Zooming into Family Violence: Changeability in Masterton
For one specialist family violence agency, the remote working scenario made necessary by the Covid-19 epidemic has shed light on the benefits of working remotely.
Like all agencies nationwide, ChangeAbility in Masterton, Wairarapa, had to quickly move their staff to working from home to continue providing their essential services.
Manager Jeremy Logan said the initial rush to adapt a face-to-face workforce to remote working was fraught with technological difficulties.
“In the week running up to the lockdown it was a mad rush to get everyone set up to work from home.”
Finding enough laptops was the biggest challenge as some of their existing ones were outdated and not fit for working at home. Buying new laptops wasn’t an option as the shops had sold out.
“We had to repurpose our laptops and some staff have had to use their family computers initially. Finding a private place to work has also been challenging for some with creative usage of large wardrobes and hallways ”
A flurry of training sessions – “on using Zoom through to connecting to our server remotely took place over the phone” – eventually eased into a relatively easy transition of working via conferencing and social media platforms, and mobile phones.
A relaxed approach to work in a state of emergency has helped keep staff morale up.
“We’ve already developed a workplace with a lot of trust and encouragement to self-manage and that’s just carried on. The staff are managing their own capacity to continue working and how and when that takes place.”
ChangeAbility experienced a drop off in self-referrals, and mandated referrals coming from the Ministry of Justice and Corrections continuing, albeit at a slower pace. However, Jeremy says this picked up and might led to a larger number of referrals when the judicial system goes back to normal operations in Alert Level 1.
“Locally, we’ve had an increase in ‘Pol-400s’ (police call outs) – about twice as many as usual. Our local Police Family Safety team are managing to contact most families and calling on support agencies like ourselves to provide addition support and follow-up calls.”
The agency is making good use of extra funding provided by MSD to help families and individuals affected by family violence meet hardship whilst in lockdown.
“The lockdown contributed to extra pressure in some families, especially with financial and relationship stress. We used the extra funding to support some of our families with food, cell phones and safety bracelets to improve safety outcomes, and accommodation for perpetrators who need to be moved out of the family home.”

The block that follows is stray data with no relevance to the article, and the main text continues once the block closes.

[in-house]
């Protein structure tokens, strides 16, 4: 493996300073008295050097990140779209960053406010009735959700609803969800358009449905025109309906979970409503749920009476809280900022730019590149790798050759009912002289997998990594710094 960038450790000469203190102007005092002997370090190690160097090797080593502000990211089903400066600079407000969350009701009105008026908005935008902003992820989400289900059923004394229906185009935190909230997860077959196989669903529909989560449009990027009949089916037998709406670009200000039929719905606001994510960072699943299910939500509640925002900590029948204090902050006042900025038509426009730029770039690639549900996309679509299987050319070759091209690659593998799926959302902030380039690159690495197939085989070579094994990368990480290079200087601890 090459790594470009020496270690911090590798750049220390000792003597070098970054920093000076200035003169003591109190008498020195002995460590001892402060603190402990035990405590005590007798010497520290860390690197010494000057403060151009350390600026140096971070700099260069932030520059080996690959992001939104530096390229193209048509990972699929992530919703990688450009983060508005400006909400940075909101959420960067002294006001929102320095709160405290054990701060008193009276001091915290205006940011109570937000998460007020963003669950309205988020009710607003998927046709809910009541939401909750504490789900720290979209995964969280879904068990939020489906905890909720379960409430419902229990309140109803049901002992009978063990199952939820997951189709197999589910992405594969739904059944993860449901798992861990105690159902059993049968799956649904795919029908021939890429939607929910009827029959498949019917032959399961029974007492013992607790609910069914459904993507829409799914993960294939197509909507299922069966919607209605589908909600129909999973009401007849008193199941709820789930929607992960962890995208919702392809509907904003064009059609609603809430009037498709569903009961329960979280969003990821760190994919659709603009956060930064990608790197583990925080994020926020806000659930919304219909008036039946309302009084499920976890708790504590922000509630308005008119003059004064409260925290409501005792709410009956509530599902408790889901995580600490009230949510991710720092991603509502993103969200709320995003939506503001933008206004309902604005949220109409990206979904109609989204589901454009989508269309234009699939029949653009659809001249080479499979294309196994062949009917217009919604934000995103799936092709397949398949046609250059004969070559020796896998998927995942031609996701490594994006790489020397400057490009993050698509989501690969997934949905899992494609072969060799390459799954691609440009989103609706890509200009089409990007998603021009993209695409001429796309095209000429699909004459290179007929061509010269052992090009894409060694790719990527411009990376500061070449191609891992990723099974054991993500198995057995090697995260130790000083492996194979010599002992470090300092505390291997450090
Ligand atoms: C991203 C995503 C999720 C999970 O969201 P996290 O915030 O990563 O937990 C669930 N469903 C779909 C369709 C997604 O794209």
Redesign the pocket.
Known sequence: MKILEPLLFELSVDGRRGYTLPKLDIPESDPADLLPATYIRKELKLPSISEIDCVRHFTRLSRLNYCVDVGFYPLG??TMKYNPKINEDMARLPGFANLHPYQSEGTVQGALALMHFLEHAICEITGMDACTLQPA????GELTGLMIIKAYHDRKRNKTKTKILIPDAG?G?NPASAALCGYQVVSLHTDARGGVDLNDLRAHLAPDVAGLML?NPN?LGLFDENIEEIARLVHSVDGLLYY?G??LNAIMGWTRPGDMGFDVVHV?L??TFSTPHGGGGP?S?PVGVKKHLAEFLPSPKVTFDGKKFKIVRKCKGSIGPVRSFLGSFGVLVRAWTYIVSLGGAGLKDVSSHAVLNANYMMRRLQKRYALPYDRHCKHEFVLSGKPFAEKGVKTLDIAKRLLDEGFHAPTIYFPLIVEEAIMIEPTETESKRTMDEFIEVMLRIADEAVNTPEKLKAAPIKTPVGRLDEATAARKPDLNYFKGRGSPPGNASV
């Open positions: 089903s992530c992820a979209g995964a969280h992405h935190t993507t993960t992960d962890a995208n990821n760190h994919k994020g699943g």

Some self-referred clients used the option of taking a break during lockdown. That decision often depended on how comfortable people are using technology, Jeremy says.
“A few clients didn’t want contact although we found that many people wanted to continue with their programmes and counselling, and looked forward to the regular contact and check in’s. In some cases they increased them to two times a week.”
Mandatory referrals are a different story: if they used lockdown as a way to resist engaging with the agency, they were referred back to MOJ or contact their probation officers.
“As a team, we came together three mornings a week by Zoom, beginning with a karakia and took turns to read out an inspiring reading or poem, and took time to check in with each other, before attending to business and clinical matters. Our next challenge is to add waiata to Zoom meetings!”
A look to the future
“We are preparing for the possibility of working from home potentially over the next few months,” Jeremy says.
“What this has shown me is that we need to be well prepared to enable everyone to work remotely if required, with everyone having access to an agency computer or laptop so they do not need to use a shared family one.
“As a team we will explore the opportunities that arise from working remotely both for staff and clients in the long-term”.
For the forseeable future, the scene is going to be different. At times when Jeremy has worked from home himself and often felt a “bit guilty” about being away from the office.
“But I think this situation will shift those attitudes. We don’t need to feel guilty that we’re not at the office because actually, you can do really focussed work from home. As long as people are effectively doing the work that they’re paid to do, it doesn’t really matter how and when they do it.”